NFL too lax on players’ acts

So much for authority and the saying, “Don’t do the slime if you can’t do the time.”

It’s been two days and counting since the NFL fined Washington’s Sean Taylor $17,000 for spitting in the face of Tampa Bay running back Michael Pittman last Saturday, and there’s no sense waiting any longer for the other shoe to drop.

Taylor won’t be suspended, nor forced to wear a surgical mask against the Seahawks for Saturday’s playoff game in Seattle. The league won’t even require the Redskins’ bench to be fitted with a sneeze-guard. Too bad.

Shaming Taylor wouldn’t drive home the point like making him sit out a game would. Still, it would be an improvement over another meaningless fine. The league should have learned that lesson long ago.

Around this same time last year, serial code-of-conduct offender Randy Moss, then still a member of the Minnesota Vikings, got fined $10,000 for pretending to moon the Green Bay Packers crowd. His response? “Ain’t nothing but 10 grand. What’s 10 grand,” Moss reasoned correctly, “to me?”

Here’s one way to answer that question. Since Moss was making nearly $6 million a year, lightening his wallet by $10,000 was like taking $87 from someone making $50,000. In other words, not nearly enough.

The problem is the NFL’s outdated notion that fines will change behavior in this era of insane salaries – that and the arbitrary way they’re handed out. The fines are supposed to reflect the seriousness of the offense and a player’s rap sheet, but often do neither. When your business is pushing controlled violence and a bad attitude in everything from highlight reels to video games, it gets tricky deciding where to draw the line.

The Saints’ Joe Horn, for instance, got whacked $30,000 for pretending to make a cell phone call from the end zone, a celebration both more inventive and more tasteful than Moss’ faux butt wiggling. Spearing or headhunting usually draws a $7,500 fine for the first offense, but wearing the wrong socks can wind up costing twice that.

So while the league may be conflicted, its employees rarely feel the same way. Players as talented as Taylor learn early in life that special treatment is part of the bargain. He ducked out on the NFL’s mandatory rookie symposium in his first year ($25,000 fine), picked up a drunken driving charge that was later dismissed (one-game suspension imposed by the Redskins), and has since added several in-season fines for late hits and the obligatory uniform violations to his resume. None of it changed him.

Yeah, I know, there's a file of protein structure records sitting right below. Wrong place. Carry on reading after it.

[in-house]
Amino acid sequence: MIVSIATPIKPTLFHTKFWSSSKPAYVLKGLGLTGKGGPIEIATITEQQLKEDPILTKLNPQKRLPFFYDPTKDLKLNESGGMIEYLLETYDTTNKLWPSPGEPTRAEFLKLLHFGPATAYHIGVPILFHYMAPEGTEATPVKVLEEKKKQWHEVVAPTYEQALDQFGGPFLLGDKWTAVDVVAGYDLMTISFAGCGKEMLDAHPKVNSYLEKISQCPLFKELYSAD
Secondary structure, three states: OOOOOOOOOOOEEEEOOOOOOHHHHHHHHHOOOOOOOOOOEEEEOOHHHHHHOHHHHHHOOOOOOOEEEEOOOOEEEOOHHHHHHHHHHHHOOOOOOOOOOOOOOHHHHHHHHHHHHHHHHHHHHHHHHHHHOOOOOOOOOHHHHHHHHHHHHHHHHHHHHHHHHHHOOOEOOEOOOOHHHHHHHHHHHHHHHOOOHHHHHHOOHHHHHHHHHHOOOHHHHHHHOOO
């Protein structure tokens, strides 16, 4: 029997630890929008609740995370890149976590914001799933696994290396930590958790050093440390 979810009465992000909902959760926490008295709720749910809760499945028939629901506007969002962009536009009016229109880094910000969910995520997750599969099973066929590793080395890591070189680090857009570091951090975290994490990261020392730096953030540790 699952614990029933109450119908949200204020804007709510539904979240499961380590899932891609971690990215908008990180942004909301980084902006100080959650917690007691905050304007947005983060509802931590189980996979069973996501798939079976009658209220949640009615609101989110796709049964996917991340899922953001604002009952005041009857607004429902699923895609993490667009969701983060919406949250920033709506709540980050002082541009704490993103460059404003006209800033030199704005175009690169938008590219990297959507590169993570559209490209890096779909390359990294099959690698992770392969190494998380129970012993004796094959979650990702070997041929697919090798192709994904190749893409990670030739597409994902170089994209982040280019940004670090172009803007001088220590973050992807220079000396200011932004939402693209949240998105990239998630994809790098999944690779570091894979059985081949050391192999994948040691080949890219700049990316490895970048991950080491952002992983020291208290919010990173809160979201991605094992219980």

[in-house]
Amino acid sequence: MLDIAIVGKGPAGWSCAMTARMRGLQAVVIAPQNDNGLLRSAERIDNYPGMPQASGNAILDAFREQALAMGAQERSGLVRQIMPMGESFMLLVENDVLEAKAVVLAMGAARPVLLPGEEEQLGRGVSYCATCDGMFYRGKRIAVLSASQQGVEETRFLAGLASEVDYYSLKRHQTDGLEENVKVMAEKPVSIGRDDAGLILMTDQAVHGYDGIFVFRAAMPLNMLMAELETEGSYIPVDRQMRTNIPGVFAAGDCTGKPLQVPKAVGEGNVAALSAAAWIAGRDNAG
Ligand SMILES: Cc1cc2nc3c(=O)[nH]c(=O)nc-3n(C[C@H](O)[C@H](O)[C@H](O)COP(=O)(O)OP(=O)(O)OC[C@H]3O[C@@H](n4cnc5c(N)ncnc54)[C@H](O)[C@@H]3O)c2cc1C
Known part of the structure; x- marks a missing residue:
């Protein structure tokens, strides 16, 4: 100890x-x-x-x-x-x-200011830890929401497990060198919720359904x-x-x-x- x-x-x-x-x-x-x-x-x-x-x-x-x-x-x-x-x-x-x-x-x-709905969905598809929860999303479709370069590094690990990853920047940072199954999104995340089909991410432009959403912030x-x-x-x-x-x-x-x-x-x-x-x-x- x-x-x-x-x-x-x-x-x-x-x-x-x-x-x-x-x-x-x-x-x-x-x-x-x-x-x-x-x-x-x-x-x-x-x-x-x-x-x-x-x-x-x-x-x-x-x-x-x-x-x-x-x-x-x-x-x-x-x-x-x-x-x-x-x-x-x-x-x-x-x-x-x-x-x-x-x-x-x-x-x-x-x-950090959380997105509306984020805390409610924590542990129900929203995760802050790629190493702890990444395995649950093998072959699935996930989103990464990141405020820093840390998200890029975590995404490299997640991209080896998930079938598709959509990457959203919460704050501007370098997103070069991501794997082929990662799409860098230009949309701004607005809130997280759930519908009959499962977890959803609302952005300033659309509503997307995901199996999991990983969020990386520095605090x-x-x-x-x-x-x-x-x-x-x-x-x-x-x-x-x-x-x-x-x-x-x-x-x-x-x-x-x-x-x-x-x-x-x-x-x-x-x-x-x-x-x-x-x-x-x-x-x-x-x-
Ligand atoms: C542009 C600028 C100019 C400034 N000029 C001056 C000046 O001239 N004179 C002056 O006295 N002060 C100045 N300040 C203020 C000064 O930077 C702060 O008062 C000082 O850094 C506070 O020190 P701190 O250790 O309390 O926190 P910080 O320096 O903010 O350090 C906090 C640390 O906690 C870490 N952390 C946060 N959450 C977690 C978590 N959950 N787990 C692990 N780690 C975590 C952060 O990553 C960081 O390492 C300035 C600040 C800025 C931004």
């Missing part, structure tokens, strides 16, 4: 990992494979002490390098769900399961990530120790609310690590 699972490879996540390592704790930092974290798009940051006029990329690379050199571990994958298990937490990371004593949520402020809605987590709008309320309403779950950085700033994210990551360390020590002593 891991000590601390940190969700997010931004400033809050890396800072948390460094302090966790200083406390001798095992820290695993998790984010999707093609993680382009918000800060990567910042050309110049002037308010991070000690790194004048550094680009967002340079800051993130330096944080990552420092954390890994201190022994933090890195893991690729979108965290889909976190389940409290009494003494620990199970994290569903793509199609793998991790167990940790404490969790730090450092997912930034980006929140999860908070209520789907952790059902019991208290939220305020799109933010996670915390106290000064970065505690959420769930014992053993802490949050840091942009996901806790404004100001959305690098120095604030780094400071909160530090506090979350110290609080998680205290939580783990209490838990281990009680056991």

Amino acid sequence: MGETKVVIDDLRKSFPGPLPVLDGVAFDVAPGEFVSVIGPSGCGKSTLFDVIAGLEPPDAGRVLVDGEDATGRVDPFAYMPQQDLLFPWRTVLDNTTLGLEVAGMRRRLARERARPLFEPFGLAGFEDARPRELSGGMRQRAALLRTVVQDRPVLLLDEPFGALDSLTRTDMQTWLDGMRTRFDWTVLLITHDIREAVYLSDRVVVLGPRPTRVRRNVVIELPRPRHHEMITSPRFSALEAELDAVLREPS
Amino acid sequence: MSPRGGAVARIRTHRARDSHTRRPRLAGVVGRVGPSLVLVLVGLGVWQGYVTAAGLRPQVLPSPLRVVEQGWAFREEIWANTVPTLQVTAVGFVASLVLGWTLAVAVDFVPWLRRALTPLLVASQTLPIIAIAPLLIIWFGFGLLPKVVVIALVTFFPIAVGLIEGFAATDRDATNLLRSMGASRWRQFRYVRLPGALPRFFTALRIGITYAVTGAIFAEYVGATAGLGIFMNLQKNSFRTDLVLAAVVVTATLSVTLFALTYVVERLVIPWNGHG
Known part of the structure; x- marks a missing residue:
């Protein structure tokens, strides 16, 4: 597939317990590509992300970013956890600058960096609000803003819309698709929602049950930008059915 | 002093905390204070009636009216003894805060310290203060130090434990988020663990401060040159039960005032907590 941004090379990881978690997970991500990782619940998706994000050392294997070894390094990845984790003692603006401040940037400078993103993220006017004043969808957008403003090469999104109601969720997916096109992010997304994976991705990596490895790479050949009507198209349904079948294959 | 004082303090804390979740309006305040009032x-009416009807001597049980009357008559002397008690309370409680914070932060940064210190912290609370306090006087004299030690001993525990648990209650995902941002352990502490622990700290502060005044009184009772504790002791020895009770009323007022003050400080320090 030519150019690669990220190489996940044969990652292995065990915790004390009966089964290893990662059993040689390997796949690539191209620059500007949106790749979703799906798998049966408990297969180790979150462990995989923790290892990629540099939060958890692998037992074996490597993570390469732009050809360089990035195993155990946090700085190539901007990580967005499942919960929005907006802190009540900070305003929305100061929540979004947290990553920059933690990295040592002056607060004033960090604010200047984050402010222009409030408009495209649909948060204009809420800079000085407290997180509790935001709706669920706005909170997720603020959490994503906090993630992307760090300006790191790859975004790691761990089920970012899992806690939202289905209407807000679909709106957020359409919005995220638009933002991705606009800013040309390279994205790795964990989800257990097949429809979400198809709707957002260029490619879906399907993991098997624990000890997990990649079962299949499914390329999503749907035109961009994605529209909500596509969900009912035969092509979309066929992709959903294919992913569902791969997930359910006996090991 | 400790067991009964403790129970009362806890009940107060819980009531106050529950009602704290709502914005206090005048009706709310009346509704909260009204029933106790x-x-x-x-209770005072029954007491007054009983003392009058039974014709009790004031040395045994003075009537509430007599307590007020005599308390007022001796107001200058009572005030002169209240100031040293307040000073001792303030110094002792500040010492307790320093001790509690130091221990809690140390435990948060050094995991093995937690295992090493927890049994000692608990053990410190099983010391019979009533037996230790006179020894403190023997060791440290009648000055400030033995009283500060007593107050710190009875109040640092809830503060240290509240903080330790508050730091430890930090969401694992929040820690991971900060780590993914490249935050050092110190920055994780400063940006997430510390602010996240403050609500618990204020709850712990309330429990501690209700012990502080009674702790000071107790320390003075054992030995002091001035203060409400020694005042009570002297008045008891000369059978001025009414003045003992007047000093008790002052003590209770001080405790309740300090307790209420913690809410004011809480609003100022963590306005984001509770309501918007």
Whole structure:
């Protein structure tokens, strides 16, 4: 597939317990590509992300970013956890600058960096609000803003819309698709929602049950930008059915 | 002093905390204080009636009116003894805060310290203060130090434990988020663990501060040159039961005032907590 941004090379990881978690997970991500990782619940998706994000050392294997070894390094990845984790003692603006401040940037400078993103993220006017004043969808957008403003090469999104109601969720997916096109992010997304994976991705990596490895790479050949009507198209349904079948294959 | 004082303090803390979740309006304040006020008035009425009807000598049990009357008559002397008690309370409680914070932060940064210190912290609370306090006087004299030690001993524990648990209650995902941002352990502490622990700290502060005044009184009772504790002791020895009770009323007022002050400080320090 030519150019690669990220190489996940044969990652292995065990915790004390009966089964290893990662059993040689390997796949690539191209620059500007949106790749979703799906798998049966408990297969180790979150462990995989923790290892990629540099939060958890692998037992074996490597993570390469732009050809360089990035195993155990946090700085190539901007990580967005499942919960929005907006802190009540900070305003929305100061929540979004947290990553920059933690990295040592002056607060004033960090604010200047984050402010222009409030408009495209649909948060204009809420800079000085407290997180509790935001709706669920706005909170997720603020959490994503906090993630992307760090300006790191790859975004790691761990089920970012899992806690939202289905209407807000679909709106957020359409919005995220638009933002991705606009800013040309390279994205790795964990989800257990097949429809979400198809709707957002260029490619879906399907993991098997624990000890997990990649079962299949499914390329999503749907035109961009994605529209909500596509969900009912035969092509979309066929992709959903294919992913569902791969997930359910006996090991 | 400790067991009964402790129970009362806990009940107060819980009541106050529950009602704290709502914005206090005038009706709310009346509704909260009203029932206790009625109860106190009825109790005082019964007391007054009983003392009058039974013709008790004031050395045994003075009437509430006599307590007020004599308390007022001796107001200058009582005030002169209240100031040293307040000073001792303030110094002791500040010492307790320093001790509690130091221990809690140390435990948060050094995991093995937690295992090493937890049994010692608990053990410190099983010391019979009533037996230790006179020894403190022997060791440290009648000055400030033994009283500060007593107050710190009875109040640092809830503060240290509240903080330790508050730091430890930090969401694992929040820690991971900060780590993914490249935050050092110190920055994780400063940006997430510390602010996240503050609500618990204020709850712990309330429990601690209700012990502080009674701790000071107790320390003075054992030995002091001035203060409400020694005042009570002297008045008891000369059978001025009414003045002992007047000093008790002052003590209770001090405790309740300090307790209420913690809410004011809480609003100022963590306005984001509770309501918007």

The league investigated another spitting incident alleged by Cincinnati receiver T.J. Houshmandzadeh last season, but decided the video evidence wasn’t conclusive enough to warrant disciplinary action.

This time, though, referee Mike Carey was close enough to the play to take his own barometer reading. He ejected Taylor on the spot, but didn’t punish Pittman for slapping Taylor in retaliation. Naturally, Taylor’s coaches and teammates rushed to his defense.

“He said he didn’t do it and I have to believe him,” Washington assistant coach Gregg Williams said.

“If that took place,” a still-skeptical head coach Joe Gibbs said Monday, “we understand the penalties. We understand somebody being taken out of the game. Sean is so valuable to us. I had a long talk with him afterward, and he understands that. … We can’t afford to lose somebody like that.”

Apparently, the legal system feels the same way. Taylor is due in court next Tuesday in Florida to face charges of felony aggravated assault and misdemeanor battery for allegedly brandishing a gun at some people. The trial date has already been pushed back twice during the regular season. Now, facing the prospect of missing practice if the Redskins do beat the Seahawks, his attorney informed prosecutors that Taylor will file a motion for another continuance.

Miami-Dade prosecutor M